Like other countries that are both OECD and G20 members, the United States has been fully engaged in the OECD’s BEPS project.
Representatives of the US Treasury Department have actively participated in the OECD negotiations and generally expressed support for the goals of the project. Some members of the US Congress have also expressed their support for the project, but others have reserved judgment or expressed concern that the project may have unfairly focused on US multinationals.
The United States has good reason to believe its companies have been disproportionately targeted. Within Europe, much of the public and media attention relating to BEPS has focusedon the perceived tax behavior of US-based multinationals that derive profits from high-value marketing intangibles. A significant portion of the OECD Action Plan focuses on tax issues involving intangible property, and the US is home to many of the world's highest value brands.
Many of the OECD’s recommendations have been revised to address US concerns about the original proposals.
For example, early versions of the OECD’s recommendations for country-by-country reporting sought much more detailed disclosures. Due to concerns expressed by US policy officials regarding burden, misuse of information and confidentiality, which a number of other officials shared, the OECD’s final recommendations on country-by-country reporting are narrower.
The US influence is also evident in the OECD’s anti-treaty shopping recommendations. Previously, the OECD appeared set to recommend that countries adopt both a limitation on benefits article in their treaties and a domestic principal purpose test under which treaty benefits would be denied where gaining the benefit is one of an arrangement’s principal purposes. In line with the general US preference for objective tests over general anti-abuse or anti-avoidance rules, US representatives participating in the BEPS project (among others) felt the domestic principal purpose test would create too much uncertainty. The final recommendations call on countries to adopt either a principal purpose test or an objective limitation on benefits provision coupled with targeted domestic anti-abuse rules, such as anti-conduit rules.
The US Treasury Department and the Internal RevenueService issued final regulations requiring annual country-by-country reporting by US persons that are the ultimate parententity of an MNE group that has annual revenue for the preceding annual accounting period of 850 million US dollars(USD) or more for taxable years of the ultimate parent entity beginning on or after 30 June 2016.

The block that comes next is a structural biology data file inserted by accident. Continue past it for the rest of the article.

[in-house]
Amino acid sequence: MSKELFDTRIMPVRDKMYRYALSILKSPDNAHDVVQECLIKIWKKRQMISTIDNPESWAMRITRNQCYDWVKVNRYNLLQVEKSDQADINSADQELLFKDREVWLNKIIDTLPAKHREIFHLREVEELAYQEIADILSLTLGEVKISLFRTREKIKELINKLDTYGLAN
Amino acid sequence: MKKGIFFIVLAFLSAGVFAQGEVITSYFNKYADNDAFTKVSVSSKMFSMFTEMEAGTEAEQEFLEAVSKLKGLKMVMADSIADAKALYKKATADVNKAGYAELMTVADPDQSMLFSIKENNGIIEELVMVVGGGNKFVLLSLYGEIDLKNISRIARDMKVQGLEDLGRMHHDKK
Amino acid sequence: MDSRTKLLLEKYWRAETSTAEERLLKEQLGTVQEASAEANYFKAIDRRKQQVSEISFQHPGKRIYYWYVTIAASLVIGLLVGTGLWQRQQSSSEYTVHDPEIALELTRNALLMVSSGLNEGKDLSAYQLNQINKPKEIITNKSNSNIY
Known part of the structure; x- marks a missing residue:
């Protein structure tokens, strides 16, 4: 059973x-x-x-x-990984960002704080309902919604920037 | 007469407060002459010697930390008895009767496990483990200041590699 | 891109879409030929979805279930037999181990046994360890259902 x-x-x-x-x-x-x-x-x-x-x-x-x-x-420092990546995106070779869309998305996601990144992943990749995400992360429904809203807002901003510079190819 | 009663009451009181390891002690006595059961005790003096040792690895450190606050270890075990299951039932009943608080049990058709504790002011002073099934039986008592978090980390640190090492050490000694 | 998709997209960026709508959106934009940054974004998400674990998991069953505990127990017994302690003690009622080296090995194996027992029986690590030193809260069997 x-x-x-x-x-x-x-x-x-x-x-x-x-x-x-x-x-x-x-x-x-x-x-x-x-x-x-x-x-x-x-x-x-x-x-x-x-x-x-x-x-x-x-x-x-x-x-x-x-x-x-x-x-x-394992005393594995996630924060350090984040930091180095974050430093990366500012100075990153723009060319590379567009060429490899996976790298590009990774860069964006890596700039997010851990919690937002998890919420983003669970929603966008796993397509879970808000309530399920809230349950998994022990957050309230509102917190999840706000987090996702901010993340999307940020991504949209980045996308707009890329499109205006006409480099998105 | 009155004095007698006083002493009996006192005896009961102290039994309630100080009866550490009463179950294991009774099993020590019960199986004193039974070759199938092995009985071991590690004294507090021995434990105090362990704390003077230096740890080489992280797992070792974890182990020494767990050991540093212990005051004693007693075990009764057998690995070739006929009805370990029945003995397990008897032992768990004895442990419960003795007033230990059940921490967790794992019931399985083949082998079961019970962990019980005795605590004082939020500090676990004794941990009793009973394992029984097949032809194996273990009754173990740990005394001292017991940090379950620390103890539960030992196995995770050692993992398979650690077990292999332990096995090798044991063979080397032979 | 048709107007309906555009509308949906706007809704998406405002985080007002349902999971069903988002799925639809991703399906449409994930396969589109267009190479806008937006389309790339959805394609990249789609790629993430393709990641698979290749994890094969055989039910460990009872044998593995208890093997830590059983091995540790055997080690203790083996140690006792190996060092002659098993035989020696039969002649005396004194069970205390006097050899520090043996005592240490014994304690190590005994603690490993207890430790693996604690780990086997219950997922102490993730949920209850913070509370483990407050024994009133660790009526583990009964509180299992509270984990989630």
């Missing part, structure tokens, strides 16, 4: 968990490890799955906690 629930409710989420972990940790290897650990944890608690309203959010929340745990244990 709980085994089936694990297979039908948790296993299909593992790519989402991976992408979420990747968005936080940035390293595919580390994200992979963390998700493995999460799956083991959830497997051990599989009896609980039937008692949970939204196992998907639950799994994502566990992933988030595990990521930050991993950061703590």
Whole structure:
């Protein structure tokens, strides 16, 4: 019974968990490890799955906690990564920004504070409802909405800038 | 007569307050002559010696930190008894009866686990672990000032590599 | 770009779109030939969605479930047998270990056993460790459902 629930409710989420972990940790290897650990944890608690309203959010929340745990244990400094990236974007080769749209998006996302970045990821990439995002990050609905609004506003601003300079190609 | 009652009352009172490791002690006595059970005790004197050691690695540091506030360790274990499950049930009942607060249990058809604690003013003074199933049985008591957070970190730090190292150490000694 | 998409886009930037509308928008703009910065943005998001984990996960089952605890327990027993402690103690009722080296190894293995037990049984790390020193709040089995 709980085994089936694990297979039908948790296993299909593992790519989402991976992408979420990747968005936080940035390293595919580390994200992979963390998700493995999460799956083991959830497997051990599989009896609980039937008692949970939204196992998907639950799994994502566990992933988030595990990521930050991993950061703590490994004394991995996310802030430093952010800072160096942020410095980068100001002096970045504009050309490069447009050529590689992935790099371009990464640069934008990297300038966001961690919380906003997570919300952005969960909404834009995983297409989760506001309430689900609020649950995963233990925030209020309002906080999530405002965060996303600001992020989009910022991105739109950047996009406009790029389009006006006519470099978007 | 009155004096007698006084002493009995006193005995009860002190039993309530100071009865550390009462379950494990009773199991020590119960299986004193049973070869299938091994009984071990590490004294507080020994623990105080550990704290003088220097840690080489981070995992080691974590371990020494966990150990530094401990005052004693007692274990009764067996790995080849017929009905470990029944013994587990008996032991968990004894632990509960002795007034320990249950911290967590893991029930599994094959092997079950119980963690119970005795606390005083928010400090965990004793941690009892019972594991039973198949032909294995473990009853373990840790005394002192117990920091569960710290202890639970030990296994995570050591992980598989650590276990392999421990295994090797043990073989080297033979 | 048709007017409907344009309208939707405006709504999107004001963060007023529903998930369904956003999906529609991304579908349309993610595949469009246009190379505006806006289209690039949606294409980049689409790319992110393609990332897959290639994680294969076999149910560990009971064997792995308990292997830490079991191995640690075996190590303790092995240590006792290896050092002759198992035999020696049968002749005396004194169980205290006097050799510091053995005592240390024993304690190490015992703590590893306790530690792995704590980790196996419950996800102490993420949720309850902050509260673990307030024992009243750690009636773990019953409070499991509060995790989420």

The first reportable period for calendar-year MNE groups is thus 2017, which is 1 year later than the OECD’s recommended first reporting period. However, the US will allow voluntary filing for periods beginning on or after 1 January 2016. US voluntary filing by a US tax-resident ultimate parent entity should suffice to prevent secondary filing obligations in other jurisdictions, provided that a qualifying competent authority agreement is in effect between the US and the other jurisdictions by the firstcountry-by-country report’s filing deadline.
The US Treasury Department released a revised US modelincome tax treaty on 17 February 2016. The revisions aredesigned to respond to changes in US treaty partners’ tax regimes that the Treasury Department believes may encourage BEPS. The changes include provisions aimed atinversion transactions, ‘special tax regimes’, and so-called‘exempt permanent establishments’. The new model includesprovisions requiring mandatory binding arbitration to resolve disputes between tax authorities.
US companies and policy-makers have been emphasizing the need for reform of the US tax rules for many years. Past tax reform proposals have included provisions to discourage profit shifting and protect the US tax base. For example, both former House Ways and Means Chairman Dave Camp and former Senate Finance Committee Chairman Max Baucus had previously introduced proposals for international tax reform that include provisions targeted at base erosion. The former Administration’s 2017 budget also included several international tax reform proposals designed to address BEPS concerns.
Regardless of whether the US enacts major tax reform or other statutory or regulatory changes, US-based companies with foreign operations must comply with BEPS-related changes in the local tax laws of the countries in which they operate. In particular, US-based companies may be required to file a country-by-country report locally in jurisdictions in which they operate or designate a surrogate filing jurisdiction to the extent the US does not exchange country-by-country reports with those jurisdictions.
US-based companies also need to:
These are just a few of the BEPS-related changes that US companies should begin preparing for regardless of whether or not the US adopts them domestically. Other potential effects may result from new limitations on interest deductibility, European Commission state aid cases, evolving views on the digital economy and changes in dispute resolution.